Written by Karen Gellender Friday, 03 September 2010 00:00
While there has been plenty of commentary on the delayed Jackson Avenue improvement project over the years, perhaps Legislator Judy Jacobs said it best: “There were more bumps and detours on the road to reaching an agreement than the ones on Jackson Avenue itself,” said Jacobs.
Nevertheless, bumps and all, on Thursday, Aug. 26, the Nassau County Legislature passed the Inter Municipal Agreement (IMA) with the Town of Oyster Bay, transferring responsibility for a segment of the road to the town, in a unanimous vote. Now, all that remains is for the town to send the project out for bidding, which is expected to occur within the standard time allotment of 45 days. According to town officials, construction should begin on the new and improved Jackson Avenue before the end of the year.
Currently riddled with potholes, the slated improvements for the section of Jackson Avenue between the intersection with Jericho Turnpike and the LIRR tracks include repaving, drainage, re-alignment, construction of new sidewalks, and the additions of shoulders and a turning lane. The road will also receive an additional traffic light.
In April, after Jacobs approached Town Supervisor Venditto about finding a way to get the project back on the agenda, the town stepped forward to fill the void left by revoked federal stimulus funds, and planned to split the cost of the project with the county, an estimated $6 million. At that time, it was believed that construction might start as early as mid-2010.
Town officials decided that once the road became the town’s responsibility, it would need to be built to town specifications, according to Town Councilman Chris Coschignano, necessitating a delay while new plans were prepared. While the town’s plan calls for less asphalt and is thus cheaper than the original county plan, some, like Mark Herbst, executive director of the LI Contractors Association, doubted at the time that the savings would offset the greater costs of the project potentially being stalled until winter and encountering winter weather problems.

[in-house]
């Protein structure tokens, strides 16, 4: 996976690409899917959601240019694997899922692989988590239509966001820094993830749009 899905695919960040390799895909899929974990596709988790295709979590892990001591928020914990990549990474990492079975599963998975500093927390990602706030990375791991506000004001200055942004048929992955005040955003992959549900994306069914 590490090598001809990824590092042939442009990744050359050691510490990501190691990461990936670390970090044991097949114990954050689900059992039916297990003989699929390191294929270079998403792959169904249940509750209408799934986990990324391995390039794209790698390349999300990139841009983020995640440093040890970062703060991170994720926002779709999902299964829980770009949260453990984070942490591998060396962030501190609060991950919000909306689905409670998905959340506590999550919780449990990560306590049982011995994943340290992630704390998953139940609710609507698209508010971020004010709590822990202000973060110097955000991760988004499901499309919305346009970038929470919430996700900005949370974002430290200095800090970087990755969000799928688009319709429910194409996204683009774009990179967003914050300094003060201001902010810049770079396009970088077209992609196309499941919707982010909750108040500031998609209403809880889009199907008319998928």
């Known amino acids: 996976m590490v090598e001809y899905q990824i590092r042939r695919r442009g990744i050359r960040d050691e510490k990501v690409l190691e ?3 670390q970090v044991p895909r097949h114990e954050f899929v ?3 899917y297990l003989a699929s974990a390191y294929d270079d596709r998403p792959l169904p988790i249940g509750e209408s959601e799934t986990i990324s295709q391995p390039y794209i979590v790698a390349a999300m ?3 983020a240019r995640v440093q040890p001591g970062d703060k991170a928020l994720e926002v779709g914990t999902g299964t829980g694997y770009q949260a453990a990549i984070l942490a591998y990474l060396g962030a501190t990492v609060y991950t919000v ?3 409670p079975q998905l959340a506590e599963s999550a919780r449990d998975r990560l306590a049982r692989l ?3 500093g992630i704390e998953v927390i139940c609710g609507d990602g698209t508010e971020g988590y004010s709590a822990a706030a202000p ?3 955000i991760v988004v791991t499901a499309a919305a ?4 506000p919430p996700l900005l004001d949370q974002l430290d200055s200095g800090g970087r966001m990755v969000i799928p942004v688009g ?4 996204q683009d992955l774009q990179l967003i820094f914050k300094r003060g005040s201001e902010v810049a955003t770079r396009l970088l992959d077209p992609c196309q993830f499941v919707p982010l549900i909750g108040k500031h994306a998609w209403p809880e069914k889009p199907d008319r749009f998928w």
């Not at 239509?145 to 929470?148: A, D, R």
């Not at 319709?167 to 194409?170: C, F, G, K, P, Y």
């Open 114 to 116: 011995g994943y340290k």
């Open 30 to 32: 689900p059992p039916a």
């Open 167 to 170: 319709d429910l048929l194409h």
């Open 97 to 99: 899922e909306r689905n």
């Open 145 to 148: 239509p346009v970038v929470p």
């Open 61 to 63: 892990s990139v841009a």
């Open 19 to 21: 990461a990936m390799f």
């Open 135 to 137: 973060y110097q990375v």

However, now that the town is officially helming the project, Herbst regards the project with more optimism. “My conversations with Supervisor Venditto’s staff and the commissioner of public works are that they’re doing everything possible to expedite the process,” said Herbst. “I have confidence in them; they’re as genuine in their efforts to get this project moving as we are.”
According to Herbst, while the possibility of a protracted bidding period can never be completely ruled out- especially in the current economy, when some contractors may be bidding for jobs they aren’t necessarily qualified to do out of desperation- he sees no particular reason to anticipate a delay beyond the standard 45-day bidding period.
Jacobs thanked Herbst for his role in urging all of the parties involved to join together, and also praised Laura Schultz of Residents for a More Beautiful Syosset, who is sometimes referred to as the “Brownie Lady.” “…those brownies went a long way to sweeten the winding road to completion,” said Jacobs.
Jacob’s also praised Venditto’s commitment to the project. “John Venditto is a person of his word and has, without question, enabled this project to be done in a bi-partisan fashion. My deepest appreciation to Mr. Venditto. He and I both share the vision that politics has no role in the health, safety and welfare of our residents,” said Jacobs.
County Executive Mangano also thanked Venditto, and gave the whole endeavor his stamp of approval. “This is an example of good government, and finding ways to save taxpayer dollars,” said Mangano. “By sharing the costs associated with these sorely needed improvements, the people are well served. I am proud of the work we have done for the people. This has been a long time in the making,” he concluded.
“This is one road which paved the way for true bi-partisan solutions. This is truly one of the more important local issues I have dealt with. I wish delays were not inherent in this type of construction, but, unfortunately, they are. The people of the community, I believe, know that their safety was my motivation, always,” concluded Jacobs.